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Joseph Junewick, MD FACR
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Macrocephaly Capillary Malformation

Case Detail

Anatomy: Brain-Spine
Borders
Heather Borders, MD
Diagnostic Category: Developmental or Congenital
Created: over 8 years ago
Updated: over 8 years ago
Tags: PEDS
Modality/Study Types: MRI
Activities:
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History

9 month old patient with a history of VP shunt placement for hydrocephalus


Case Images


Diagnosis

Macrocephaly capillary malformation aka Macrocephaly cutis marmorata telangiectatic congenita

Clinical Notes

Initial MRI at one month of age was obtained with no evidence of cerebellar herniation. The patient then acquired cerebellar herniation on their second MRI with secondary need for a shunt placement. Images from the third MRI show numerous findings reported with the above syndrome as well as worsening CTH.

Findings

Extensive white matter signal abnormality
Cavum septum pellucidum
Acquired cerebellar herniation with altered brainstem morphology/compression and fourth ventricular narrowing (acquired due to rapid brain growth)
Polymicrogyria
Prominent corpus callosum
Large optic nerves

Discussion

An overgrowth syndrome encompassing numerous brain abnormalities. Prenatal overgrowth with variable somatic and cerebral asymmetry, characteristic facial features, lax joints, cutaneous vascular malformations and digital abnormalities. First delineated in 1997.

Various neuroimaging findings are nicely delineated in the reference article. Findings include: Ventriculomegaly with or without obstruction, Cavum septum pellucidum, Migrational anomalies, cerebellar tonsillar herniation (acquired), brain asymmetry, white matter abnormalities(usually only seen after 6 months of age), large head circumference, enlarged dural venous sinuses, large corpus callosum, large optic nerves or optic nerve sheaths.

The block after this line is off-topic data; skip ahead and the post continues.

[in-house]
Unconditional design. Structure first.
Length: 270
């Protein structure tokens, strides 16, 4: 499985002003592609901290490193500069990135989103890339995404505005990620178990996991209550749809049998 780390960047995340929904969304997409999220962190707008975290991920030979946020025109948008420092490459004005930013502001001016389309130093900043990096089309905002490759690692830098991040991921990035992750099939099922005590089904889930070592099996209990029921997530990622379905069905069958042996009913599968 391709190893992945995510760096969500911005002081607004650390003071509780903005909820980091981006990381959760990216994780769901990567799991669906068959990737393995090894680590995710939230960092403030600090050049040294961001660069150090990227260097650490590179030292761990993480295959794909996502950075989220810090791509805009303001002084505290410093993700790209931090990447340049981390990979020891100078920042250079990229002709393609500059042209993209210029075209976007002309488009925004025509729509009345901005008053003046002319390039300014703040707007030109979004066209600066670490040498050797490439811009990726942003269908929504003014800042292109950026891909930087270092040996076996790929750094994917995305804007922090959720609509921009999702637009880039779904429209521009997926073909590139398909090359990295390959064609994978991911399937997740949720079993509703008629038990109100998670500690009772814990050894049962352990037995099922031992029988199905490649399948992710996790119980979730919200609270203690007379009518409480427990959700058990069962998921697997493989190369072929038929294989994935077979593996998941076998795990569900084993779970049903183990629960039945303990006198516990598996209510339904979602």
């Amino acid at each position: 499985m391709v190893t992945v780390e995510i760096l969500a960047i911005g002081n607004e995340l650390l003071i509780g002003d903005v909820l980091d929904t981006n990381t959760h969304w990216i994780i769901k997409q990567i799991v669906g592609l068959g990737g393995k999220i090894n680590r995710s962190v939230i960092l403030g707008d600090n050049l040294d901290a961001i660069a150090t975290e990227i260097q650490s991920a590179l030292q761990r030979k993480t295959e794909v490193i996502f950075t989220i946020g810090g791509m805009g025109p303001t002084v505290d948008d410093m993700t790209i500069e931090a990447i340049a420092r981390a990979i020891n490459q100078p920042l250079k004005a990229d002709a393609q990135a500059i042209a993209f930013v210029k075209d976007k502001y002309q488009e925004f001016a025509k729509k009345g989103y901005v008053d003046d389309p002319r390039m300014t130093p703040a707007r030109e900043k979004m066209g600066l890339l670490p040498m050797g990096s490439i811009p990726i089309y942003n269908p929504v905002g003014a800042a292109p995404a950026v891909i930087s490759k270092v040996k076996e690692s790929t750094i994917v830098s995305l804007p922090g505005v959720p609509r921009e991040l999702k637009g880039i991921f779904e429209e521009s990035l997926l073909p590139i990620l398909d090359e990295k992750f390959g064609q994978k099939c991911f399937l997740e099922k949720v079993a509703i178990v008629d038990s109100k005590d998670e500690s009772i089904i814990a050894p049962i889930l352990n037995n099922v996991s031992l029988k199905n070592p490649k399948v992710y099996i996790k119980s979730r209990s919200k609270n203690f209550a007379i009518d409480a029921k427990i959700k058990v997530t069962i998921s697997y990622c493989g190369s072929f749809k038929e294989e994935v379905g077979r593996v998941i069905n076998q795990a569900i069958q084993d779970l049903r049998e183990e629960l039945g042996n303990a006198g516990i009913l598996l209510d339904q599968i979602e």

Patients who did have spine MRI in the below study did not have evidence of tethering or syrinx.

The cause of cerebellar tonsillar herniation is presumed to be cerebellar overgrowth with a possible secondary contribution from abnormal venous sinuses. Patients with the syndrome require follow up imaging as CTH is likely to worsen over time and can be surprisingly rapid.

In a patient with this syndrome white matter abnormalities should not be pursued as evidence of metabolic disease unless clinical symptoms develop that are atypical of the syndrome.

Reference

Neuroimaging Findings in Macrocephaly-capillary malformation: A longitudinal study of 17 patients.
Conway et al. American Journal of Medical genetics part A143A: 2981-3008.



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